What's the beer flavour wheel? Let us explain...
You know when you drink a beer and there’s something in there that you can’t quite figure out? An aroma you can't place? We have all experienced the frustration of identifying something familiar but not having the words to describe the taste on the tip of your tongue!
Or you know those times when you have a beer and there’s something unusual about it. You’ve got a vague sense that something’s not-quite-right. Only you don’t know what it is. You tried looking it up online, but are faced with science words you've never heard of, don't understand and certainly can’t pronounce.
But there is something you can use to help, for a long time there’s been a beer flavour wheel. This established beer flavour wheel, introduced in the 1970s by brewing chemist Dr Morten Meilgaard is great and an internationally accepted tool. On the wheel each separately identifiable flavour characteristic has its own name; similar flavours are placed together, and no terms are duplicated for the same flavour. Flavour wheels graphically represent not only the flavours found in beer but also the aromas and mouthfeels. It also sets out standardized terminology to describe the nature of the beer.
However, it can be a bit technical for an amateur drinker. There are lots of words that won’t be familiar if you are newish to beer, some are hard to understand, and some words will feel strange, like estery and astringent. It also doesn’t give an indication of where those things are coming from – does that mean it is grain or yeast, or has something gone wrong in the beer?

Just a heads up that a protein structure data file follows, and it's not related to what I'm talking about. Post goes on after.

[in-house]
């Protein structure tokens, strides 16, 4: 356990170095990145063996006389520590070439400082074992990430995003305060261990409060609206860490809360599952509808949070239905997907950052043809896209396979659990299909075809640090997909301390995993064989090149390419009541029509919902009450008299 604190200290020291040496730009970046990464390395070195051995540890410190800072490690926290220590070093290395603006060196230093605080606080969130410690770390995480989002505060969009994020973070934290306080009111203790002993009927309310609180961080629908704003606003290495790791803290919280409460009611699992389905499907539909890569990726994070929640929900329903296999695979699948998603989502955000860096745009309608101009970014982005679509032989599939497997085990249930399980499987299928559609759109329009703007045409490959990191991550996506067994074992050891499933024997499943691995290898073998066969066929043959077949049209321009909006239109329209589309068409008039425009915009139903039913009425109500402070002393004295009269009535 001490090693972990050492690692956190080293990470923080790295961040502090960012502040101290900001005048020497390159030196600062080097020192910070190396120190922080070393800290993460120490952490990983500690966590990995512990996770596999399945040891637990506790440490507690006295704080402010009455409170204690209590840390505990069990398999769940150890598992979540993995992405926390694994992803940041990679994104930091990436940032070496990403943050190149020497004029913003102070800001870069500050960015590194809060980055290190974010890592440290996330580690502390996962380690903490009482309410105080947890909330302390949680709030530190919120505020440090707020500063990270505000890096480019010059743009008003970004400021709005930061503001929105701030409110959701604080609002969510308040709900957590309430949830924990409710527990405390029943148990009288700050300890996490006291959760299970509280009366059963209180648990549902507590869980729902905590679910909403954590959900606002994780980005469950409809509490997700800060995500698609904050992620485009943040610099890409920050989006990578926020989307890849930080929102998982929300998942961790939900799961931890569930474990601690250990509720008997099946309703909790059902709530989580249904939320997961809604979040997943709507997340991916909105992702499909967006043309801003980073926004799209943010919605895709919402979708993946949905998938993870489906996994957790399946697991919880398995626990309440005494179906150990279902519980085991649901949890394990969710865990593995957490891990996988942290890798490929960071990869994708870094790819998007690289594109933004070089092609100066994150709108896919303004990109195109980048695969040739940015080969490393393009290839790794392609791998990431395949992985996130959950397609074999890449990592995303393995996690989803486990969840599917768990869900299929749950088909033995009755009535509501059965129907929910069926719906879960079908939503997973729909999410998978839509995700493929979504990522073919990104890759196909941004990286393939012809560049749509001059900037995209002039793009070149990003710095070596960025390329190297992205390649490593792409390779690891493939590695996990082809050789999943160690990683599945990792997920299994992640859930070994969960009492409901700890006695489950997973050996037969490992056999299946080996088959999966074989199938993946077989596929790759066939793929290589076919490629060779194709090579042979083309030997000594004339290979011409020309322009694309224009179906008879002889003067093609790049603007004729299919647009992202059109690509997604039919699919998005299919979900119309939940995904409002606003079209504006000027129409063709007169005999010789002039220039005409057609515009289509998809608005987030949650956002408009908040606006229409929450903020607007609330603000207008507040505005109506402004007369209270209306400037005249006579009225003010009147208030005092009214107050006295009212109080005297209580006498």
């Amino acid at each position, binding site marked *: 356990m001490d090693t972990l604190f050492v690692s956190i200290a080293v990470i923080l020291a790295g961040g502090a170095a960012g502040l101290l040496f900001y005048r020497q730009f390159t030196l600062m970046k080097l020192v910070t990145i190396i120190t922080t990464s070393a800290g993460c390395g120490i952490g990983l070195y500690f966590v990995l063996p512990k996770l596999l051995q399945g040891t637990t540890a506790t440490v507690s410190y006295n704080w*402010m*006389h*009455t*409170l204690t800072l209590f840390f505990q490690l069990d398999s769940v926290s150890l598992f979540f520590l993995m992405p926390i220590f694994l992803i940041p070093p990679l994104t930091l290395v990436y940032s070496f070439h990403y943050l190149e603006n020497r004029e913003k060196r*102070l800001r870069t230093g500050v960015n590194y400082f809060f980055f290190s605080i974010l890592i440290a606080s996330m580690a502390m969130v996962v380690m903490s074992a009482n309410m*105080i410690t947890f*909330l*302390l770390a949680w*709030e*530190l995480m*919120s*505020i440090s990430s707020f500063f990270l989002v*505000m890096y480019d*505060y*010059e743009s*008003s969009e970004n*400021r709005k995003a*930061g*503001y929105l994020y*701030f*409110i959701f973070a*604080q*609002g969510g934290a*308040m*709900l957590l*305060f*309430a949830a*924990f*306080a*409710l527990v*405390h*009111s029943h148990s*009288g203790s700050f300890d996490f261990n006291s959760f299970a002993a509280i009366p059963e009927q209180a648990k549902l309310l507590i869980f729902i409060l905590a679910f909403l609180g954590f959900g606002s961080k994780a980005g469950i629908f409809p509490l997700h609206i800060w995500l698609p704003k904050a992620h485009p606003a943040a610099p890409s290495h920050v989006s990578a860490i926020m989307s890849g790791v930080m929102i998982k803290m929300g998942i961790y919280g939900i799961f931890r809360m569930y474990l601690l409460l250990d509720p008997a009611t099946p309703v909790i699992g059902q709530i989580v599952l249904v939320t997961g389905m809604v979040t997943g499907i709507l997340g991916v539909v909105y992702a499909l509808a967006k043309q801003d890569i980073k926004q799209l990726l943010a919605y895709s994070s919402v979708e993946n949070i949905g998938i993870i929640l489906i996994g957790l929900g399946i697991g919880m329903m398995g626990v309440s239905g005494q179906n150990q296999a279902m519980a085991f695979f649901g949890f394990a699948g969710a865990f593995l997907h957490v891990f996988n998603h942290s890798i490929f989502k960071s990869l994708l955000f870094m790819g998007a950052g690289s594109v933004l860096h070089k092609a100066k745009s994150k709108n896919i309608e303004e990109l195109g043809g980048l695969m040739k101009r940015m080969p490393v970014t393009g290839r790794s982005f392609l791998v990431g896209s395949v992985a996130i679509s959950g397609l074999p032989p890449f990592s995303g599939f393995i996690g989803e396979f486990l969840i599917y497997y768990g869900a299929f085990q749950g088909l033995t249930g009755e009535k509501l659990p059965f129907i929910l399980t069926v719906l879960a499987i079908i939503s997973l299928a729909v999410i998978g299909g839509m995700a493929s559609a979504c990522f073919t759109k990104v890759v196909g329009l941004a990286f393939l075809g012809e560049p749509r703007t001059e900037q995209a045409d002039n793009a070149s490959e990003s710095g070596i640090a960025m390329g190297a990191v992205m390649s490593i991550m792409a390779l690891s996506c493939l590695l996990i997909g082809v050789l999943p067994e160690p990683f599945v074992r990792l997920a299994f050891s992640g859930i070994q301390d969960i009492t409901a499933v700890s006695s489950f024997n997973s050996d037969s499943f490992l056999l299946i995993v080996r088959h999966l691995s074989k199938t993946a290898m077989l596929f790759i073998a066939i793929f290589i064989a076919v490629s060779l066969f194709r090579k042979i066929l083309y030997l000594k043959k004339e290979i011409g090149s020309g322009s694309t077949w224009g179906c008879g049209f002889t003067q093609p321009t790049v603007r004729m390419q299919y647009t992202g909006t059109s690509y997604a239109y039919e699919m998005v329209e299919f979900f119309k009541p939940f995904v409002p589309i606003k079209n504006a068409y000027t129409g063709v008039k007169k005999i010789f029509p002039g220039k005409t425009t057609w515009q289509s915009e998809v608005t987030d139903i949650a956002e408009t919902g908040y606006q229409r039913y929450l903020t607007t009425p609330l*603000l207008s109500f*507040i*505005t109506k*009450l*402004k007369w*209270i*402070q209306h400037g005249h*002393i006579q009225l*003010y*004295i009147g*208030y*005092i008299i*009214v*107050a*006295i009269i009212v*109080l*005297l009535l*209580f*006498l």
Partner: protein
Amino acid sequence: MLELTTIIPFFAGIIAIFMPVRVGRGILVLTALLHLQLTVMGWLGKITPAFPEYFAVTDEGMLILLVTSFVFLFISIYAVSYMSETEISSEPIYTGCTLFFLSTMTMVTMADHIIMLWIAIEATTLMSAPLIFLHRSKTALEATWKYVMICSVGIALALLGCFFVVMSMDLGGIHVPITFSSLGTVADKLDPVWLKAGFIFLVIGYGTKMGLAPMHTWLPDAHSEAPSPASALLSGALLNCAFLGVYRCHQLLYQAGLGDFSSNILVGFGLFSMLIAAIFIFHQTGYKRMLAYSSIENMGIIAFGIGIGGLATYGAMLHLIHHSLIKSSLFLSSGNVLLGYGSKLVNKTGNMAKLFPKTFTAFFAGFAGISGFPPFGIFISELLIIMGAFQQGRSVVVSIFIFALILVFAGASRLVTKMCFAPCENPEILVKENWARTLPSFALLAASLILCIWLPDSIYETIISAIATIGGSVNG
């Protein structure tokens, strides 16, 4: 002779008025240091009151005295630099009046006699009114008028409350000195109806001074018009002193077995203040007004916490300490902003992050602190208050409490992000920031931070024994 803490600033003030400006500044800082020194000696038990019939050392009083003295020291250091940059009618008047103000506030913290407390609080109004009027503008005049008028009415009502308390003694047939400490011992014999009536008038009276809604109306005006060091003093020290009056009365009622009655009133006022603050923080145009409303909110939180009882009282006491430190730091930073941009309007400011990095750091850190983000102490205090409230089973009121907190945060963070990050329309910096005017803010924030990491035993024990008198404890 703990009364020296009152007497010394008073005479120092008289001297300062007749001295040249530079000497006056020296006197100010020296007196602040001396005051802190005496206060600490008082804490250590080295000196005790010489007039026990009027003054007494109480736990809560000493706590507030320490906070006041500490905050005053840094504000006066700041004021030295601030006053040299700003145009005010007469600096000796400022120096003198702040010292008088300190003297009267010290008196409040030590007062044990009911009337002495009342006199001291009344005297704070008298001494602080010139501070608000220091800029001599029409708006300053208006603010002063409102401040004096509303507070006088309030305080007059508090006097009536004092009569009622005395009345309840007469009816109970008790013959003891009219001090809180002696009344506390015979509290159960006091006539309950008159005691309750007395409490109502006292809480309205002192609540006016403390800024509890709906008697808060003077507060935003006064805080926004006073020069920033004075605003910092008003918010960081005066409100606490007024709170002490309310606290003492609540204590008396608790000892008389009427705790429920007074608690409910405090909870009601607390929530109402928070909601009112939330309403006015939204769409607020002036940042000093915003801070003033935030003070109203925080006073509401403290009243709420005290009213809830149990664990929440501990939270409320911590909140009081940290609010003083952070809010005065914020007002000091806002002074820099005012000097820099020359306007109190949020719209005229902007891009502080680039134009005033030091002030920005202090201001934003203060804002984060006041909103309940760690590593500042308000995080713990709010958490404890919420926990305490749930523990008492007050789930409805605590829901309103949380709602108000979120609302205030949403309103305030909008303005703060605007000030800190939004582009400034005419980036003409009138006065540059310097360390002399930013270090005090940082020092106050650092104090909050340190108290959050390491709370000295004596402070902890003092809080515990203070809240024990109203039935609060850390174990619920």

One day Mark Dredge decided to reinvent and rework the established wheel, taking the style and idea of the former but with the sole purpose of making it simpler. Using the wheels for whisky, coffee, and wine, he noted relevant beer words and different ingredients. This was not intended to be a replacement for the original but something more approachable. Something all beer drinkers could make sense of. The focus was on the specific ingredients and processes of beer, looks at esters and off-flavours, considers mouthfeel, aroma, flavour, and the general experience of beer. A wheel aimed at giving the everyday beer drinker the vocab to describe what they are experiencing.
The “new” beer flavour wheel was visually appealing, simple to use and intuitive in colour. In short, it simplified what a flavour is and where it might come from by lining them up with how those flavours came to get into the beer. All the four main ingredients are there: hops, water, malt and yeast. You’ll also find fermentation and how this can impact the beer. Additionally, it includes textures, tastes, flavours, and off flavours.
The beer flavour wheel is for everyone to use, even if it’s just as a beginner wheel before moving onto the more scientific original. It aims to give you the words that might be on the tip of your tongue, but you can’t quite spit them out. Give the wheel a spin next time you can work out what it is that you’re smelling or tasting.
First up, Westmale Tripel, known for its fruit aromas and pleasant spiciness. The aroma isn’t hop-forward, instead you want to be looking at the fruity esters, where banana, pear, almond and phenolic clove come through. That's the lilac/grey section of the wheel. Then you can look at golds, the lighter malt colours on the wheel – biscuit and toast and perhaps some honey.
The body is slick with alcohol, rich with malts, it has a lot of carbonation and ends really dry with some of the grassy, herbal European hops coming through alongside the spicy yeast.
Hops come first in this one, that's the green section. It's a classic West Coast IPA, so mostly American hoppy notes. Lagunitas IPA is known for being very piney but you may also detect herbal, grapefruit and citrus notes from the Cascade Centennial & Chinook hops. A golden colour, the caramel malted barley brings a special depth. The dominant flavour is biscuity malt and caramelised sugar. That's the yellowy-gold colours on the wheel.
Fourpure Last Train Oatmeal Stout
Look first to the darker malts with chocolate, toast and coffee flavours, plus the bitterness they bring (a different kind of bitterness to the hops). This is brewed with oatmeal, giving a soft, creamy and smooth mouthfeel. Light sweetness on the palate and a dry finish.